With reference to FIGS. 2-5, the operation of an embodiment of the present invention is provided herein below. It will be understood that each block of the flowchart illustration, and combinations of the blocks in the flowchart illustration, can be implements by computer program instructions. These computer program instructions may load onto a computer or other programmable apparatus to produce a machine, such that the instructions will execute on the computer or other programmable apparatus to create means for implementing the functions specified in the flowchart block or blocks. These computer program instructions may also be stored in a computer-readable memory that can direct the computer or other programmable apparatus to function in a particular manner, such that the instructions stored in the computer-readable memory produces an article of manufacturing including instructions which implement the function specified in the flowchart block or blocks.
 The computer program instructions may also be loaded onto a computer or other programmable apparatus to cause a series of operational steps to be performed on the computer or other programmable apparatus to produce a computer implemented process such that the instructions which execute on the computer or other programmable apparatus provide steps for implementing the function specified in the flowchart block or blocks.
 Accordingly, blocks within the flowchart illustrations support combinations of means for performing the specified functions and combinations of steps for performing the specified functions. It will be understood that each block of the flowchart illustrations, and the combinations of blocks in the flowchart illustrations, can be implemented by a special purpose hardware-based computer systems which perform the specified functions or steps, or combinations of special purpose hardware and computer instructions.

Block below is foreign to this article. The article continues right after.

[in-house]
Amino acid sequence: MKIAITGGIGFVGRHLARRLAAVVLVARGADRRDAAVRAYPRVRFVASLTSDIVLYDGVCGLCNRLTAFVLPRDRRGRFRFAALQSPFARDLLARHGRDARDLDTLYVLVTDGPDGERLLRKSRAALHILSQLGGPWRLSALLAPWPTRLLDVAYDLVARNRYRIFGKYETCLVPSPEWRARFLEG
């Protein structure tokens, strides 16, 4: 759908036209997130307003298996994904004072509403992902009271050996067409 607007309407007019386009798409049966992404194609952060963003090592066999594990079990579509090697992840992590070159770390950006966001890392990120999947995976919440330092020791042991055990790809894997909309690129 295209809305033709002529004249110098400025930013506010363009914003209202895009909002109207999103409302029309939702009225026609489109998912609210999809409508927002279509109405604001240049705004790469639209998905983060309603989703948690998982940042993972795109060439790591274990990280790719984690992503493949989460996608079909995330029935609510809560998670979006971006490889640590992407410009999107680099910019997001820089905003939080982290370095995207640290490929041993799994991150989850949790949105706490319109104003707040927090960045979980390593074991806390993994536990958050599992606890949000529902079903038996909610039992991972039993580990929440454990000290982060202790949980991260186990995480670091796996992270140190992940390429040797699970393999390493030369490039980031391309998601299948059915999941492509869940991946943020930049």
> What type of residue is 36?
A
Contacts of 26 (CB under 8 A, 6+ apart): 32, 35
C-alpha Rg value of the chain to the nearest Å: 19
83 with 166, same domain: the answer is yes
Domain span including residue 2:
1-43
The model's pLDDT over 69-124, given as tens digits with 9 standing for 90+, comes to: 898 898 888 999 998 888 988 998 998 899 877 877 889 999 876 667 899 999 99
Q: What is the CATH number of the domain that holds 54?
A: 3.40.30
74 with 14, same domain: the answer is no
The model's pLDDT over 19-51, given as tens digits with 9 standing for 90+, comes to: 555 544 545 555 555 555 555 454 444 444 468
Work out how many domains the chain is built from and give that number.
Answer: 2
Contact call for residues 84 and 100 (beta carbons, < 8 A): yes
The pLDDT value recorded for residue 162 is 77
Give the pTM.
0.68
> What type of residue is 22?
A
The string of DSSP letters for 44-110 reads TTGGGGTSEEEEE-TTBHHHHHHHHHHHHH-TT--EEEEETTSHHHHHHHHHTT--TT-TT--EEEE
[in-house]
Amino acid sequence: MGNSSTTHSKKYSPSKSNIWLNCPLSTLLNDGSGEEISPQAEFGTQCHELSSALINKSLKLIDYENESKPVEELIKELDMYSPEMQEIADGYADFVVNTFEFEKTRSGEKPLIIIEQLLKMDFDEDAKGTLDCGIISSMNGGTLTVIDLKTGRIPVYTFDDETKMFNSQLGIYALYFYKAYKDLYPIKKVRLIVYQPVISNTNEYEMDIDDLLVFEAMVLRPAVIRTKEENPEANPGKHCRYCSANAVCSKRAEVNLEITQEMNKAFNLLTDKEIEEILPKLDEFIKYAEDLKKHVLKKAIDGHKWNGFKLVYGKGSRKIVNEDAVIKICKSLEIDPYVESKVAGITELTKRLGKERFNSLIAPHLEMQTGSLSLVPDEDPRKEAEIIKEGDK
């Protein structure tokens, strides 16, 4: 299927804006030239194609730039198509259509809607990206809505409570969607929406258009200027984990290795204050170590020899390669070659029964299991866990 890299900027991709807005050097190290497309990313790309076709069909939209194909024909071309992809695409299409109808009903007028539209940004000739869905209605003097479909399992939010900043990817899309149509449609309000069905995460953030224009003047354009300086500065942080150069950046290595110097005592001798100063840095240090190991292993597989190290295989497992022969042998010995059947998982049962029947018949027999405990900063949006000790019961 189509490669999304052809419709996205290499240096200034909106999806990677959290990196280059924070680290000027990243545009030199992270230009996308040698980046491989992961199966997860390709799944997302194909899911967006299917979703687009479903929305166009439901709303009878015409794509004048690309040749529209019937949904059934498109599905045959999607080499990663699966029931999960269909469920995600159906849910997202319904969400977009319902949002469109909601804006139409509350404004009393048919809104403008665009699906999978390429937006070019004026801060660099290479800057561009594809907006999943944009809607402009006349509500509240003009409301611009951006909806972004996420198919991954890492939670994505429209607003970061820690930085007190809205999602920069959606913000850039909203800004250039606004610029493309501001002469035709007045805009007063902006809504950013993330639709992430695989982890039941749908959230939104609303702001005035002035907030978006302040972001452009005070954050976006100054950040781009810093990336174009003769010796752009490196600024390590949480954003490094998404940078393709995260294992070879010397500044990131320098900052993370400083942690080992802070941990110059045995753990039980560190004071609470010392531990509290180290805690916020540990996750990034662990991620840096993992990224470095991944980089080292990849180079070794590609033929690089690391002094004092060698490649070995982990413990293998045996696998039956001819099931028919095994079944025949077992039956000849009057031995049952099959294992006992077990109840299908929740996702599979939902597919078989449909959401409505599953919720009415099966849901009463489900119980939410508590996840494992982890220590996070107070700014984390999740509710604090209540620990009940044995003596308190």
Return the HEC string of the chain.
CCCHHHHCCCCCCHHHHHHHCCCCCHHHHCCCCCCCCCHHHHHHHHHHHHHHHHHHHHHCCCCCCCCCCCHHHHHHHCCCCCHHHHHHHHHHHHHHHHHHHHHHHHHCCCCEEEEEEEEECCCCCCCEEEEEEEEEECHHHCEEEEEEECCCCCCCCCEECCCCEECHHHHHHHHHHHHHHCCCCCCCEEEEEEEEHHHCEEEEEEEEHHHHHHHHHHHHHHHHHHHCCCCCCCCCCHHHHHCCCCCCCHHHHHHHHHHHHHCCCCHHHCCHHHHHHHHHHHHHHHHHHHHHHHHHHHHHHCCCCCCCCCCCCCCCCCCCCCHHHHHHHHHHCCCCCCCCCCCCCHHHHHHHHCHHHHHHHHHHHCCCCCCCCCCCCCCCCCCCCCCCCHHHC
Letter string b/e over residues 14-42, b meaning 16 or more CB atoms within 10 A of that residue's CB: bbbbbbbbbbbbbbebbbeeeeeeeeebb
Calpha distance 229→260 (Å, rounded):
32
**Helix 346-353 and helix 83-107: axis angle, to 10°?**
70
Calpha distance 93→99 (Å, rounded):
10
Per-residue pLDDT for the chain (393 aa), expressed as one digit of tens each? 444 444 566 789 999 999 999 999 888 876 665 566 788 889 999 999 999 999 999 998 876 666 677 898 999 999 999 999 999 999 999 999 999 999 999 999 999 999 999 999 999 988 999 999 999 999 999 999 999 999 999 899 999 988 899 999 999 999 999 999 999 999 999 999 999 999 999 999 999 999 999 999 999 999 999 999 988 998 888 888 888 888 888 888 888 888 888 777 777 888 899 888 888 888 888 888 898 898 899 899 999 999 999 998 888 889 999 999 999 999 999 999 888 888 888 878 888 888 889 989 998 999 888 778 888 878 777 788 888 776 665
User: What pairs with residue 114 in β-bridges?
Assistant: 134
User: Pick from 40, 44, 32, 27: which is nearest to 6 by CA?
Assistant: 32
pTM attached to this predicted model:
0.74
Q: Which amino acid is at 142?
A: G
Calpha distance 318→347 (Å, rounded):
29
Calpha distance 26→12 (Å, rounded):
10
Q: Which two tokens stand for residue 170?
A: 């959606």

Initially, a trader wanting to enter into a private two-way negotiation initializes the chat screen 20, as illustrated in FIG. 2. The chat screen is preferably initialized from one of the interfaces of the Blackbird™ system. The trader who wants to initiate a chat conversation clicks on the name of another trader from the list 22. All or some subset of available users preferably are included in list 22, including, for example, full name, legal entity, normal class of instrument traded and currency traded. This information can be retrieved from one or more of the databases associated with the electronic trading system 10. This enables a specific trader at another institution to be quickly and easily identified. In addition, this enables the two users to privately negotiate the terms of the trade and only the two parties to the session can see the conversation. Note, however, a trader may select more than one trader to communicate with so that the messages generated in the chat session are communicated to each of the traders participating in the session. While chat negotiations are typically preferred, the traders may communicate by alternative means such as by a telephone or facsimile, as historically done.
 A Select Instrument and Generate Ticket Button 24 can be selected to allow the user to select the financial instrument to be traded and initiate the generation of the electronic ticket, which can be used by either party to automatically load the transaction data to their respective processing system, as discussed in more detail below. A display window 26 identifies the traders presently logged into the electronic trading system 10. This is essentially the list from which the trader that wants to initiate private negotiations can choose someone with which to negotiate. From left to right, each column includes characteristics of each trader which may identify, for example, the following: name; institution name (legal entity name and/or business unit name); the type of derivative/financial instrument the user trades most often; and the preferred currency of that trader.